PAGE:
Opioid-Induced Constipation (OIC)
What is opioid-induced constipation (OIC)?
Constipation may be defined as having one or more of the following symptoms:
- Hard, dry stools
- Stools become less frequent
- Excessive straining when evacuating bowels
- Sense of incomplete bowel evacuation
- Excessive time spent on toilet
- Abdominal pain/bloating
- Rectal bleeding due to anal fissures and/or hemorrhoids
Depending on cause, constipation may be classified as primary or secondary:
- Primary constipation: results from colorectal defects
- Secondary constipation: caused by disease or intestinal obstruction. Can also be caused by medications such as opioids
Opioids are a major class of pain-relieving medications. One of the most common side effects of opioids is constipation, with incidence ranging from 40-80%
- Opioids relieve pain by binding to mu-opioid receptors in the central nervous system
These medications also bind to mu-receptors in other parts of the body such as the gastrointestinal (GI) tract
- This can prevent the muscles in your intestines from pushing stools through the gut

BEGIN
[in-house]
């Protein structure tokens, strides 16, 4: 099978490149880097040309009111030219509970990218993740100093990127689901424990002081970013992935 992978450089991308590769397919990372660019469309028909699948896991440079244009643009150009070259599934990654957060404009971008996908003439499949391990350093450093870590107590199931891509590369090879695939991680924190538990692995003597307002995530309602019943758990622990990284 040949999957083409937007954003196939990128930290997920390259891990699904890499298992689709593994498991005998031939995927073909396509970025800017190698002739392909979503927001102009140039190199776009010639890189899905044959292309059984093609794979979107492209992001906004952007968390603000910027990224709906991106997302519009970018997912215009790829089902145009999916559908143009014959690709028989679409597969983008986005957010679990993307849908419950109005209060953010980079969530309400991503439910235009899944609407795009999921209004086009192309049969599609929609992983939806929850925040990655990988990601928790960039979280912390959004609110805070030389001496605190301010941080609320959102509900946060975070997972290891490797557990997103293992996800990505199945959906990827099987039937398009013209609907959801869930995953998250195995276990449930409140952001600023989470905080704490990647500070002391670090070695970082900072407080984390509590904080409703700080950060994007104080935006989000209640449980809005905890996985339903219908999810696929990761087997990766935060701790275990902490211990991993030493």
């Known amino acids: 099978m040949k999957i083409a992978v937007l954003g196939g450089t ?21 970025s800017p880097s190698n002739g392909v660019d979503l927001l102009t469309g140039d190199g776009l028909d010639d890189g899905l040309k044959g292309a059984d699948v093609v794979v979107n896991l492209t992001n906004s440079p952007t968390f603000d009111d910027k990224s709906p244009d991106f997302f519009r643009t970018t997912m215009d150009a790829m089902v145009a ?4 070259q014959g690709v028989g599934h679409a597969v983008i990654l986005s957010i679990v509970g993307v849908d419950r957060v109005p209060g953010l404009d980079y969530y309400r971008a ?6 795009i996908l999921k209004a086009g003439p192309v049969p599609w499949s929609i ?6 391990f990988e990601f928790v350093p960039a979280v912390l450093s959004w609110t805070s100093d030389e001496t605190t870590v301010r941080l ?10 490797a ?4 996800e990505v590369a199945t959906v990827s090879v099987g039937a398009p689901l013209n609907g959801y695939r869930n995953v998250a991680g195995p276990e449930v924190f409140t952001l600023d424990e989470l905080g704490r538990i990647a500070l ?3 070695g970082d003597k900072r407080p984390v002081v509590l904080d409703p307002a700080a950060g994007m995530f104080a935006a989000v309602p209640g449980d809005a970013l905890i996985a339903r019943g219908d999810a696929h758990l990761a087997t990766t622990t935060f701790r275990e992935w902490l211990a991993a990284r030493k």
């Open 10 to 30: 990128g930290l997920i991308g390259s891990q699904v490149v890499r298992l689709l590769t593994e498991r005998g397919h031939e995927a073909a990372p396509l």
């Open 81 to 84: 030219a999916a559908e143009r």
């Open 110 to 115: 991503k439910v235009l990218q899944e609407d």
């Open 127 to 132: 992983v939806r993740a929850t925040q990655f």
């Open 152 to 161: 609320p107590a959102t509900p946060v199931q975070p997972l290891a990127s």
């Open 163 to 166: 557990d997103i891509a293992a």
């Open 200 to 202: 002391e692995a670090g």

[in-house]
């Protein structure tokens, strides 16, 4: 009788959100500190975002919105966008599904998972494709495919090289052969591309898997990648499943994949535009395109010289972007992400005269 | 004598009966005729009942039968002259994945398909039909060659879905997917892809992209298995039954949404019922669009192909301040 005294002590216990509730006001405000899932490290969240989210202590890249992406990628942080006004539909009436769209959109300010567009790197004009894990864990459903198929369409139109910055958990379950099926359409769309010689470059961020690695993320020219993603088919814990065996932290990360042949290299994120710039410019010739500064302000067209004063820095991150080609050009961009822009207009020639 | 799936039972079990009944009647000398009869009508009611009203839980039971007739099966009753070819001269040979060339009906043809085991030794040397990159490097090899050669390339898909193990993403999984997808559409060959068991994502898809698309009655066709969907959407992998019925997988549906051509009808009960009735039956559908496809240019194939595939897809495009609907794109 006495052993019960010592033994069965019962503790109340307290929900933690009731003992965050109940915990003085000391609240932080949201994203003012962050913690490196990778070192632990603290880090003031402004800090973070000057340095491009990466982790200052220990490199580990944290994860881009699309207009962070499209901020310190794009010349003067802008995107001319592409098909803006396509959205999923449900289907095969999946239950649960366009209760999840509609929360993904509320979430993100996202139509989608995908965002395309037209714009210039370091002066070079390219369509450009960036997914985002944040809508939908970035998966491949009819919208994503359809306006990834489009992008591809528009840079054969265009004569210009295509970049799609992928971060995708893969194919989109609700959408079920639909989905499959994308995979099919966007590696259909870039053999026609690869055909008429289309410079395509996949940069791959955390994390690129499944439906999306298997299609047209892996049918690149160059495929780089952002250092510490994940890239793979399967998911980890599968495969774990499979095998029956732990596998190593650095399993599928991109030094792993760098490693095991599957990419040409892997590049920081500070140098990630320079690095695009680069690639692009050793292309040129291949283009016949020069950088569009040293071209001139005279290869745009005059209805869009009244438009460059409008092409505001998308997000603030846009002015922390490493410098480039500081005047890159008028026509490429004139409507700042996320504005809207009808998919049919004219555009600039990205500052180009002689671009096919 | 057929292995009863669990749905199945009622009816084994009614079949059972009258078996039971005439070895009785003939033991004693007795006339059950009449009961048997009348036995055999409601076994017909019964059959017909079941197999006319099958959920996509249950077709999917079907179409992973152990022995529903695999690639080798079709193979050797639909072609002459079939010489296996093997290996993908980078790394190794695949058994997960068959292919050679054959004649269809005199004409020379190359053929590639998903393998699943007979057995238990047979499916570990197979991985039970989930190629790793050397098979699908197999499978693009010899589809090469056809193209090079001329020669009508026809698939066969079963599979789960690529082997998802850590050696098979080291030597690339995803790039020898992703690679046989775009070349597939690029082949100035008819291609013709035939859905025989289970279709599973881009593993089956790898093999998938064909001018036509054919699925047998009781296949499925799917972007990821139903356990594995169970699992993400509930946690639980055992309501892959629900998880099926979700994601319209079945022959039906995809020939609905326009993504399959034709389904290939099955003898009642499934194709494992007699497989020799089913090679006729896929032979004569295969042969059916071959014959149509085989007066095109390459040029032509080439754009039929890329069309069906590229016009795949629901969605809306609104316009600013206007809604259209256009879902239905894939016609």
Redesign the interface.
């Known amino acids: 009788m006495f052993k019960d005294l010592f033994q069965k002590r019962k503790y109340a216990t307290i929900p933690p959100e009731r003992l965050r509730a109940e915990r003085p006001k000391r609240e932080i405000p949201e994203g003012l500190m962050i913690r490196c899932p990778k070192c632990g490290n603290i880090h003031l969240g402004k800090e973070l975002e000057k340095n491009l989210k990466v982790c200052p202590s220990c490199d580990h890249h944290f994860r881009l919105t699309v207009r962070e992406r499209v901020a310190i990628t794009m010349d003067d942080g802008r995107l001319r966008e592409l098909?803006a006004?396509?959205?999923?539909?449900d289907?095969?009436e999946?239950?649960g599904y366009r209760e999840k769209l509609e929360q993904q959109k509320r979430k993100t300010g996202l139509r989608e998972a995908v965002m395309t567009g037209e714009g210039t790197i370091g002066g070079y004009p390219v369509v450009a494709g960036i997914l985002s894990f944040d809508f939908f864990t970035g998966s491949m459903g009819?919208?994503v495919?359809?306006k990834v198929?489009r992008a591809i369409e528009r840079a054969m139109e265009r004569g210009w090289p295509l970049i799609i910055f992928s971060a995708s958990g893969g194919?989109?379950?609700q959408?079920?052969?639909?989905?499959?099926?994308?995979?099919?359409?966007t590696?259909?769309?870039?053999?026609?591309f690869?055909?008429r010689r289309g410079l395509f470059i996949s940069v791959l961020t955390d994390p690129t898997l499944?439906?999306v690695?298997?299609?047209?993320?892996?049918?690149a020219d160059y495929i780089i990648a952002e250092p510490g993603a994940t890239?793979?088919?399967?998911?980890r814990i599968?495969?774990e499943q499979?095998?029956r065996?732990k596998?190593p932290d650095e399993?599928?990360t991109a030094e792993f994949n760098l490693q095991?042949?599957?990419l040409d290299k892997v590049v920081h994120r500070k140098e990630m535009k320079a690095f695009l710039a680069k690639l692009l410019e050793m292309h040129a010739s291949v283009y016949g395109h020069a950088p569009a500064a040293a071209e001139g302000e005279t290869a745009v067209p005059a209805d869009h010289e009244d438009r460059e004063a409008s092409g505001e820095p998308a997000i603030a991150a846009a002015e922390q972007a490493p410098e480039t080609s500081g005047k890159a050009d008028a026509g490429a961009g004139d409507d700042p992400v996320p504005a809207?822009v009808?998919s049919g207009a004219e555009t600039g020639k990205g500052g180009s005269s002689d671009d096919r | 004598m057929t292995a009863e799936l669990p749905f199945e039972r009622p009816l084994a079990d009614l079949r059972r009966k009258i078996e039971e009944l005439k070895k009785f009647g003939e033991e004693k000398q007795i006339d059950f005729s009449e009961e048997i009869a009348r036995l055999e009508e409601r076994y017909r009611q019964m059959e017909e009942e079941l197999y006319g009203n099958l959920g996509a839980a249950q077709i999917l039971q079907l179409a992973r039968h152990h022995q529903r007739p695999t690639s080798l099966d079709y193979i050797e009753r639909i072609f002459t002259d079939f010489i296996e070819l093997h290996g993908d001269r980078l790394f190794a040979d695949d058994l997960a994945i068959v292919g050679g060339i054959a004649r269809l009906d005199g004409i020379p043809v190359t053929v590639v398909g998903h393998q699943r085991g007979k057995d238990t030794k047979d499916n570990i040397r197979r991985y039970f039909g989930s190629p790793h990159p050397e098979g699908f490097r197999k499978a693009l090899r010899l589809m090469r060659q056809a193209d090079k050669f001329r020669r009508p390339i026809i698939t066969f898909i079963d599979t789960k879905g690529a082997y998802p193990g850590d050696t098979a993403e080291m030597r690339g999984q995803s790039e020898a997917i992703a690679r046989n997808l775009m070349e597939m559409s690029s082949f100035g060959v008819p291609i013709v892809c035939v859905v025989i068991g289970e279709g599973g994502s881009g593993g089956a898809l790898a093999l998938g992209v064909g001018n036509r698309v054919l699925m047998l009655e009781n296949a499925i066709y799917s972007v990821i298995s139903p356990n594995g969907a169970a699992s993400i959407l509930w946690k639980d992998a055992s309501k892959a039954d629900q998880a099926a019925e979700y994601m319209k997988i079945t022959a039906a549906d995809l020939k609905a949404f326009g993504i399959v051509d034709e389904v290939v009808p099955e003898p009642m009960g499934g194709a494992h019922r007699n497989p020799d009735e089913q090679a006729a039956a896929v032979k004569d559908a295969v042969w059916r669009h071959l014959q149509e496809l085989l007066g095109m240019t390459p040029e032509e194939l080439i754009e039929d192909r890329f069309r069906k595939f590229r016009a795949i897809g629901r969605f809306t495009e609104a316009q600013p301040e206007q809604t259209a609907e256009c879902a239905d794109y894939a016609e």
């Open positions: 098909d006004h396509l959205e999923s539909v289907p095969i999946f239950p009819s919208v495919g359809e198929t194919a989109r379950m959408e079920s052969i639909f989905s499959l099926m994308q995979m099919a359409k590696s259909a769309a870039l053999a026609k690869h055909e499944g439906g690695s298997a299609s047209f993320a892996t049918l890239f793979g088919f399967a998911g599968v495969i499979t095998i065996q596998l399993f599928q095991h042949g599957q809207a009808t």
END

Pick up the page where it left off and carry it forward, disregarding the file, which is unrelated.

- Since waste takes longer to pass through, the intestines may absorb too much water from your stools- making them hard and dry
- There are many effective self-care techniques to alleviate opioid-induced constipation. These may include exercise, drinking plenty of water, making dietary changes, and using a laxative
- Patients may also talk to their doctor about reducing opioid dosage or trying a prescription medication to treat their constipation
- Nelson, Alfred D., and Michael Camilleri. "Opioid-induced Constipation: Advances and Clinical Guidance." Therapeutic Advances in Chronic Disease. SAGE Publications, Mar. 2016. Web. 17 Apr. 2017.
- "Opioids and Constipation." Pharmacy Times. N.p., n.d. Web. 17 Apr. 2017.
- "Treatment for Opioid-Induced Constipation (OIC)." Medical News Today. MediLexicon International, n.d. Web. 17 Apr. 2017.